The President’s speech in two minutes.



A Critic:  “These comparisons of January 6 to Pearl Harbor and 9/11 are hilarious.”

→ I see your point.

Another way to look at it, though, is November 22, 1963.

A lot of people of my generation remember it as a pivotal date in American history.

Yet the Kennedy assassination did not threaten democracy, and so was arguably less important than January 6th’s attempted — ongoing — coup.

Thus January 6 may be more consequential than November 22, 1963 – an assassination, horrible though it was, that actually led to passage of the Voting Rights Act and expansion of democracy, the opposite of what’s unfolding today.

To which A Critic responded:

“That was a horrific murder. January 6th was a bunch of mostly misdemeanors.”

→ Only a few people died January 6; but for the first time since 1812, the symbol of democracy was breached and defiled, and – while we’ll never know for sure – the deaths of the Speaker of the House and Vice President, among others, may have been only narrowly averted.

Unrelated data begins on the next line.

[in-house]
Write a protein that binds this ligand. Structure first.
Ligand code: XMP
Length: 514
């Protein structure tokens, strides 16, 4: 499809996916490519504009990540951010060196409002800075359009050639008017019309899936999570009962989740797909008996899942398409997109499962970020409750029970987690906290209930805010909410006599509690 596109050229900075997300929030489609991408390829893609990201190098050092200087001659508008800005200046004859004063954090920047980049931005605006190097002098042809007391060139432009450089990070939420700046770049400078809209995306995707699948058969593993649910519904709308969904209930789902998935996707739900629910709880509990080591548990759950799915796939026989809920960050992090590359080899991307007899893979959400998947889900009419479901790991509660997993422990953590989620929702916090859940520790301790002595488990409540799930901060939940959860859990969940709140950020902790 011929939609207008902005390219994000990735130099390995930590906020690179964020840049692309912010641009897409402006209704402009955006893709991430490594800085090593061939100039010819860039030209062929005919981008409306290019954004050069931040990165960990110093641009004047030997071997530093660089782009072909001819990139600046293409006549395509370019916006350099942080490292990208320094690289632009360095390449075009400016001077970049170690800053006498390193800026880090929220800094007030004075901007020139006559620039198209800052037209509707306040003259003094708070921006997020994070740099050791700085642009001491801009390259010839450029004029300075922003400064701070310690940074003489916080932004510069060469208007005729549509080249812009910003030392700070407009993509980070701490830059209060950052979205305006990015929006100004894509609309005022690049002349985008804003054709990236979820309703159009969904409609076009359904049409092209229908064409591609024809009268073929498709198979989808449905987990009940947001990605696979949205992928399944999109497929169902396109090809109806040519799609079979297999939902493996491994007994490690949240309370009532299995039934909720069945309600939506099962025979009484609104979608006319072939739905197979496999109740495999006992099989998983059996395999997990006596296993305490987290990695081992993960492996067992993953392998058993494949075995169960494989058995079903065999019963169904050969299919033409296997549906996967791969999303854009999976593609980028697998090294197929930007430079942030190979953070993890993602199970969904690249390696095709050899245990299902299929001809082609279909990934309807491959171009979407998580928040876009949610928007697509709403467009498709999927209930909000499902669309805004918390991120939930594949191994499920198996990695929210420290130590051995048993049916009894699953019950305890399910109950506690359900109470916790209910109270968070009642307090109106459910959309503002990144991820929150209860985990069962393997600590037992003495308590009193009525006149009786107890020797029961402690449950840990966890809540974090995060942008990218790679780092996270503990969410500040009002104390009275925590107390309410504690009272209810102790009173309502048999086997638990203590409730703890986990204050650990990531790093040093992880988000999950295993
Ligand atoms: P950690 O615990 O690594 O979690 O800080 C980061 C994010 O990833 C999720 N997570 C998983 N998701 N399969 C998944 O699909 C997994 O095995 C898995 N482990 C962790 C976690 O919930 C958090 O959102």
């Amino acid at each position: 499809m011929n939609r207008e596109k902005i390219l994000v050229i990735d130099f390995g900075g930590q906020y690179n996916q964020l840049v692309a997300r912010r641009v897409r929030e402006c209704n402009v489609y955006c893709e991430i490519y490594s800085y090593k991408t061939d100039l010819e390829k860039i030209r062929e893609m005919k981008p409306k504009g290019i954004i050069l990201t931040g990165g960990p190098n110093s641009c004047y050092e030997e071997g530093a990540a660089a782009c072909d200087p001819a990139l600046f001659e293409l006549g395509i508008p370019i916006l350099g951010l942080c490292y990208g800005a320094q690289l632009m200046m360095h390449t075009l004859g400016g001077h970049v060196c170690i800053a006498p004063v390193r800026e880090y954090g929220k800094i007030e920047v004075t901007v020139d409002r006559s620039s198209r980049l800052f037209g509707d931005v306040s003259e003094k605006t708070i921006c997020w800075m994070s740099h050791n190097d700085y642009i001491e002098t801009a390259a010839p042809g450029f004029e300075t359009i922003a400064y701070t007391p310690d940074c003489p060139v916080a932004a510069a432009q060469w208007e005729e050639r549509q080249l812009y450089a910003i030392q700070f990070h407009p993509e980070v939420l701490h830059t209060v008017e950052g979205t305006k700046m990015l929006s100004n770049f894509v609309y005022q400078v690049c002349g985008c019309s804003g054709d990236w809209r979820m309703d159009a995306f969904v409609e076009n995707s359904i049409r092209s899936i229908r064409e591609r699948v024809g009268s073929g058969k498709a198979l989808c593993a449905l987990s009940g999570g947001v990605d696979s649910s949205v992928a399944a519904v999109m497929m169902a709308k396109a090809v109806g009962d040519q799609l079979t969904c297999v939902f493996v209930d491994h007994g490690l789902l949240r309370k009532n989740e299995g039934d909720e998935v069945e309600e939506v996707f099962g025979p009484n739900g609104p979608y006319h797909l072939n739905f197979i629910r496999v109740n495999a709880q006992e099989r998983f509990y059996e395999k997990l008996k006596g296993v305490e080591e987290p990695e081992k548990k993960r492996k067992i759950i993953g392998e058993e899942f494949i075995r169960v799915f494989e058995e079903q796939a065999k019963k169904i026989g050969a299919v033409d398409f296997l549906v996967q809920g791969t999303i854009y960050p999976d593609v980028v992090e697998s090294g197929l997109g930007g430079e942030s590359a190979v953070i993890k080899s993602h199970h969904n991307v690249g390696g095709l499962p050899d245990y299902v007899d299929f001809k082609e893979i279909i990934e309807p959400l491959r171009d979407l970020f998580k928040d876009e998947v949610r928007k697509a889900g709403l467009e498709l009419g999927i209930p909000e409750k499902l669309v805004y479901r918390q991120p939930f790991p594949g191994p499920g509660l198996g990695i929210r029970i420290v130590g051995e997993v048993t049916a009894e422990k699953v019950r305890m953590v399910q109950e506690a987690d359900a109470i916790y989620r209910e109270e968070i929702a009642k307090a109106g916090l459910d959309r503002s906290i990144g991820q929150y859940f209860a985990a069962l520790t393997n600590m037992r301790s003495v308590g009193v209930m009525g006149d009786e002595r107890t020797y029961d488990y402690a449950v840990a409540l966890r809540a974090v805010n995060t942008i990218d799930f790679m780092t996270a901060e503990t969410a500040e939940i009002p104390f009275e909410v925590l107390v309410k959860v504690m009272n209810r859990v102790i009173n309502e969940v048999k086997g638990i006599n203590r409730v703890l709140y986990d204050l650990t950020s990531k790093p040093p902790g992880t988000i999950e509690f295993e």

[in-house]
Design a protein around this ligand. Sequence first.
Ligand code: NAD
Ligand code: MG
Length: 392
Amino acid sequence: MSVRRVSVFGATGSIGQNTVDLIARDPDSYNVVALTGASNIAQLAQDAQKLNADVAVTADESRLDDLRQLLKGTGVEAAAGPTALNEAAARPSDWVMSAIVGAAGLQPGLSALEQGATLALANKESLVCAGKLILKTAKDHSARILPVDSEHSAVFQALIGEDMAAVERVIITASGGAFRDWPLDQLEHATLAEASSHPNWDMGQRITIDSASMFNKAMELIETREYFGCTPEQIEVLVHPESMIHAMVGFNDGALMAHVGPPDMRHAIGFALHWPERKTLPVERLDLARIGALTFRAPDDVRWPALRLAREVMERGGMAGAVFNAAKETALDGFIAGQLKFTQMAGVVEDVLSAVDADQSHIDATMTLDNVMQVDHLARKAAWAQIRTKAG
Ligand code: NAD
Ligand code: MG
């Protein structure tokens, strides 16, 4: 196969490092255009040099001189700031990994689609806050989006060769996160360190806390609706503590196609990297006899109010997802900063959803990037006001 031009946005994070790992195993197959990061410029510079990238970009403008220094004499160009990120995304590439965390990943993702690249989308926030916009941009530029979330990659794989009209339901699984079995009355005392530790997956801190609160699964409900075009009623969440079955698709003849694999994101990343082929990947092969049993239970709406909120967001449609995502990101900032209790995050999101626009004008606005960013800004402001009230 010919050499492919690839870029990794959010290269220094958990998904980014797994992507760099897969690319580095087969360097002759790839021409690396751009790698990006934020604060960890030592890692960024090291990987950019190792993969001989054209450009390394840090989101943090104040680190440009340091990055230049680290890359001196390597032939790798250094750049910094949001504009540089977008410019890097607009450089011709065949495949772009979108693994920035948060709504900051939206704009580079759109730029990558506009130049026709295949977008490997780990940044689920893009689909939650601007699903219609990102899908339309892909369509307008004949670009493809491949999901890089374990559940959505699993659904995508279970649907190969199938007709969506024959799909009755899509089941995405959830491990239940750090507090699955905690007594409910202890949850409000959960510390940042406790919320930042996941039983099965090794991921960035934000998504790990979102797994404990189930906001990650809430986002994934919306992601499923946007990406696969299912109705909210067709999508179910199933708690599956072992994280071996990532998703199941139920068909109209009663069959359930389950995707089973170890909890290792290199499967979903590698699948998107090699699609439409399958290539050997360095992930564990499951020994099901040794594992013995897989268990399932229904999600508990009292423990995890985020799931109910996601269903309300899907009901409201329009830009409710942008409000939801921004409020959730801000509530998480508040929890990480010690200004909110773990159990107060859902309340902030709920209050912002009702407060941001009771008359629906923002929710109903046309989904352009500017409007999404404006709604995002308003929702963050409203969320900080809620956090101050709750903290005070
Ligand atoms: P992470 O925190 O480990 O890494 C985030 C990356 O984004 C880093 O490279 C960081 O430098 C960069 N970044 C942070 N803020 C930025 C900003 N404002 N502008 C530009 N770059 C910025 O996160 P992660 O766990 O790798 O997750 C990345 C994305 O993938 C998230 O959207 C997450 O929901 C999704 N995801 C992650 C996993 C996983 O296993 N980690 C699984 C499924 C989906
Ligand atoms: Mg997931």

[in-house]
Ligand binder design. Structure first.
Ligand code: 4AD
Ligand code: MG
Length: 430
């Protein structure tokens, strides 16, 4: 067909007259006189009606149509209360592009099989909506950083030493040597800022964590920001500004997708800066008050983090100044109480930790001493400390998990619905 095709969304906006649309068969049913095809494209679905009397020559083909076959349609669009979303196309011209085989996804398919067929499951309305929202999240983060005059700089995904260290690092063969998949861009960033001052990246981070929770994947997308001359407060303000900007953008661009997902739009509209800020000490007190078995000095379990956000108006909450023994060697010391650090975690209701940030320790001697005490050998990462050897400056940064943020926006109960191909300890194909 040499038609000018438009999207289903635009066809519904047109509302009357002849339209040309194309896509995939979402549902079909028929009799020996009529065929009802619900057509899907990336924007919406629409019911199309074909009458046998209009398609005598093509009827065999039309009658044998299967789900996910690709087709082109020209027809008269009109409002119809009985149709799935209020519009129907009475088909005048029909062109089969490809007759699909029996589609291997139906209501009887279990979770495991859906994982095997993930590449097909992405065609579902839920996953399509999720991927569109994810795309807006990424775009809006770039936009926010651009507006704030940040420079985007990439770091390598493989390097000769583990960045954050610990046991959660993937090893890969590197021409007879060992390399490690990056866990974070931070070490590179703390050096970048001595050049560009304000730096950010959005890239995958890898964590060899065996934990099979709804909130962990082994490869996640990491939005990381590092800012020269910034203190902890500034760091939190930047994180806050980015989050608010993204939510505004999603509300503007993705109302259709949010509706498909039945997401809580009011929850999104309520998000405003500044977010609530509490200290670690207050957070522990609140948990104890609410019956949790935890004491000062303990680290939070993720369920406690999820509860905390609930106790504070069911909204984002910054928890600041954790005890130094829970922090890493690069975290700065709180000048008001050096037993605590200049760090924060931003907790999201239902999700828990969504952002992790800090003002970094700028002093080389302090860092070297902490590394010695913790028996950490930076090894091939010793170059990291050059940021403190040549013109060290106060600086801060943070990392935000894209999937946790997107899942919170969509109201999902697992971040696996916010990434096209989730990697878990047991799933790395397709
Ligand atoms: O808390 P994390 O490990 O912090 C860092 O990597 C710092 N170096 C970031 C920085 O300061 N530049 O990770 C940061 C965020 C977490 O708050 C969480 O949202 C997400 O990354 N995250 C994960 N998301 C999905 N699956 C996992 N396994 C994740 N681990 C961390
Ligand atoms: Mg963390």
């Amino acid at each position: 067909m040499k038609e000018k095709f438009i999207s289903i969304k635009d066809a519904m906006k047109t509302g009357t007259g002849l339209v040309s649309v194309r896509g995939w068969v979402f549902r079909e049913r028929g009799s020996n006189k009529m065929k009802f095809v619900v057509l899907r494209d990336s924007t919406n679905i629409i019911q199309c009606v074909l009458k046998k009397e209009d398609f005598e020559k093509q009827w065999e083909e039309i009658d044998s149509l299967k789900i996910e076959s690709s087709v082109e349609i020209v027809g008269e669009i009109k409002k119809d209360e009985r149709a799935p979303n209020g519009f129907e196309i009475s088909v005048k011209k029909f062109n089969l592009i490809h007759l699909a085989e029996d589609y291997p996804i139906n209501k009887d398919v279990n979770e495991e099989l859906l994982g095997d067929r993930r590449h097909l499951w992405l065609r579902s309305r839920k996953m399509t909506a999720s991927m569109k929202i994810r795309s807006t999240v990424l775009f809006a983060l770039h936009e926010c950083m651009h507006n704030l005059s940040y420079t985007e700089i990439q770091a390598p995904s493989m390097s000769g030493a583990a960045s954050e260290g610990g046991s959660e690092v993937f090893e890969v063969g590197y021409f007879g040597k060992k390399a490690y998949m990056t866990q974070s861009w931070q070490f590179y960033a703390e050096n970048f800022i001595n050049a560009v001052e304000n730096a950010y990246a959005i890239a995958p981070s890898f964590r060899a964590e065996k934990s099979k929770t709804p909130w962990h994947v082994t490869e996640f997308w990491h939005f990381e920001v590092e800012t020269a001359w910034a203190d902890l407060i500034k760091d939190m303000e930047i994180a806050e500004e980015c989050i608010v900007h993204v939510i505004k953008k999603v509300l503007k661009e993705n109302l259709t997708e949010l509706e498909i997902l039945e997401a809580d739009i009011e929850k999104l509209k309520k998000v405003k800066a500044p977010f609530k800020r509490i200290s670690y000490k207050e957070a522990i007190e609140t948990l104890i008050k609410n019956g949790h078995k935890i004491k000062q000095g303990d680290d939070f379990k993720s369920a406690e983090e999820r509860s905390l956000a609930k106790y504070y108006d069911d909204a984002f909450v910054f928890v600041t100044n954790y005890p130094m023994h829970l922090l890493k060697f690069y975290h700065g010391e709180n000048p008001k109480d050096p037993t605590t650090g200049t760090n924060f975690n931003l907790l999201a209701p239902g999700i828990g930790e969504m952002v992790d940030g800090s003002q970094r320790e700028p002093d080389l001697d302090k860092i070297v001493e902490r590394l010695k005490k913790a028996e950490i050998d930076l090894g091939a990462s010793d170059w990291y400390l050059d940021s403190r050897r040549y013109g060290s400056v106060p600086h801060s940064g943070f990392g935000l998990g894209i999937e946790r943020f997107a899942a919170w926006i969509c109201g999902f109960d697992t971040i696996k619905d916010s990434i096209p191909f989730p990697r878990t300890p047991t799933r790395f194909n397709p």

So, in my view, January 6th is a date worth turning into a symbol.

Imagine for the sake of discussion that American democracy were to die without a single death but rather through (say) a masterful disinformation campaign.

I would consider that a tragedy.  And if there were a single date that symbolized that tragedy, it would in my mind qualify for the kind of recognition December 7 and 9/11 and November 22, 1963 command.

Death counts are not the only criterion to consider in ranking tragedy.

The countless Americans who’ve died over the years defending democracy would probably agree that its death would be a worse tragedy than their own.

Just my two cents in favor of making a big deal about January 6th.  And taking the President’s words to heart.

 

 

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